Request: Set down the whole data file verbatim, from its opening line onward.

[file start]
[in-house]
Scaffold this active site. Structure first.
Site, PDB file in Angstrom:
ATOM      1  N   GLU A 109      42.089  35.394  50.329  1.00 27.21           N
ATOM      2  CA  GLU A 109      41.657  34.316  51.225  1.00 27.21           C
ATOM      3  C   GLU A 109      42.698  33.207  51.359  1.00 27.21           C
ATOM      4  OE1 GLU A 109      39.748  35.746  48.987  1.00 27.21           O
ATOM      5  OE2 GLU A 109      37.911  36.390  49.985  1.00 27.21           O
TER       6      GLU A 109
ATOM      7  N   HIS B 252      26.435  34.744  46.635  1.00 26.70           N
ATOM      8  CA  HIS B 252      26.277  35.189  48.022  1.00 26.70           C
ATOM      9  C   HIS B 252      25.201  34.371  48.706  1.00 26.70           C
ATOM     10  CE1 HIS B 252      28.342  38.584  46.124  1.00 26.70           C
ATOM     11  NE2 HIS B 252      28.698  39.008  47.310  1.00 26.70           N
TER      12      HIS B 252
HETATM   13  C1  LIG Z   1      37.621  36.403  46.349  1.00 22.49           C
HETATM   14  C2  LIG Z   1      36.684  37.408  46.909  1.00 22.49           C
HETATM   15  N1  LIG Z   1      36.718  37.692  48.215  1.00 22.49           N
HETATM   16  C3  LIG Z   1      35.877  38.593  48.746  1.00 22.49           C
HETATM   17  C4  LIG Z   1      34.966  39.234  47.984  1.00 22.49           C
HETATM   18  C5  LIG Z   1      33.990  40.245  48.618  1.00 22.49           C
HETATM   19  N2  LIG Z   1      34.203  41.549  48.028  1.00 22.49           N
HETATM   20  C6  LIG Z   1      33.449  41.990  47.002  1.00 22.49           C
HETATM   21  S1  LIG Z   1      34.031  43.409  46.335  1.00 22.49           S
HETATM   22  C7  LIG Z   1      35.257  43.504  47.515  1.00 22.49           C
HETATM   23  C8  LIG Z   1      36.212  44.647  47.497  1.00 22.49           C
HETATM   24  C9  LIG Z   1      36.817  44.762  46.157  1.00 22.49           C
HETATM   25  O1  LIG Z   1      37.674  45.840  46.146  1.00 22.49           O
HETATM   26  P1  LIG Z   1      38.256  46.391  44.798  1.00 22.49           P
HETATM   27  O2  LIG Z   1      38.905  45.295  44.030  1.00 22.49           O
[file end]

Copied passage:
[in-house]
Scaffold this active site. Structure first.
Site, PDB file in Angstrom:
ATOM      1  N   GLU A 109      42.089  35.394  50.329  1.00 27.21           N
ATOM      2  CA  GLU A 109      41.657  34.316  51.225  1.00 27.21           C
ATOM      3  C   GLU A 109      42.698  33.207  51.359  1.00 27.21           C
ATOM      4  OE1 GLU A 109      39.748  35.746  48.987  1.00 27.21           O
ATOM      5  OE2 GLU A 109      37.911  36.390  49.985  1.00 27.21           O
TER       6      GLU A 109
ATOM      7  N   HIS B 252      26.435  34.744  46.635  1.00 26.70           N
ATOM      8  CA  HIS B 252      26.277  35.189  48.022  1.00 26.70           C
ATOM      9  C   HIS B 252      25.201  34.371  48.706  1.00 26.70           C
ATOM     10  CE1 HIS B 252      28.342  38.584  46.124  1.00 26.70           C
ATOM     11  NE2 HIS B 252      28.698  39.008  47.310  1.00 26.70           N
TER      12      HIS B 252
HETATM   13  C1  LIG Z   1      37.621  36.403  46.349  1.00 22.49           C
HETATM   14  C2  LIG Z   1      36.684  37.408  46.909  1.00 22.49           C
HETATM   15  N1  LIG Z   1      36.718  37.692  48.215  1.00 22.49           N
HETATM   16  C3  LIG Z   1      35.877  38.593  48.746  1.00 22.49           C
HETATM   17  C4  LIG Z   1      34.966  39.234  47.984  1.00 22.49           C
HETATM   18  C5  LIG Z   1      33.990  40.245  48.618  1.00 22.49           C
HETATM   19  N2  LIG Z   1      34.203  41.549  48.028  1.00 22.49           N
HETATM   20  C6  LIG Z   1      33.449  41.990  47.002  1.00 22.49           C
HETATM   21  S1  LIG Z   1      34.031  43.409  46.335  1.00 22.49           S
HETATM   22  C7  LIG Z   1      35.257  43.504  47.515  1.00 22.49           C
HETATM   23  C8  LIG Z   1      36.212  44.647  47.497  1.00 22.49           C
HETATM   24  C9  LIG Z   1      36.817  44.762  46.157  1.00 22.49           C
HETATM   25  O1  LIG Z   1      37.674  45.840  46.146  1.00 22.49           O
HETATM   26  P1  LIG Z   1      38.256  46.391  44.798  1.00 22.49           P
HETATM   27  O2  LIG Z   1      38.905  45.295  44.030  1.00 22.49           O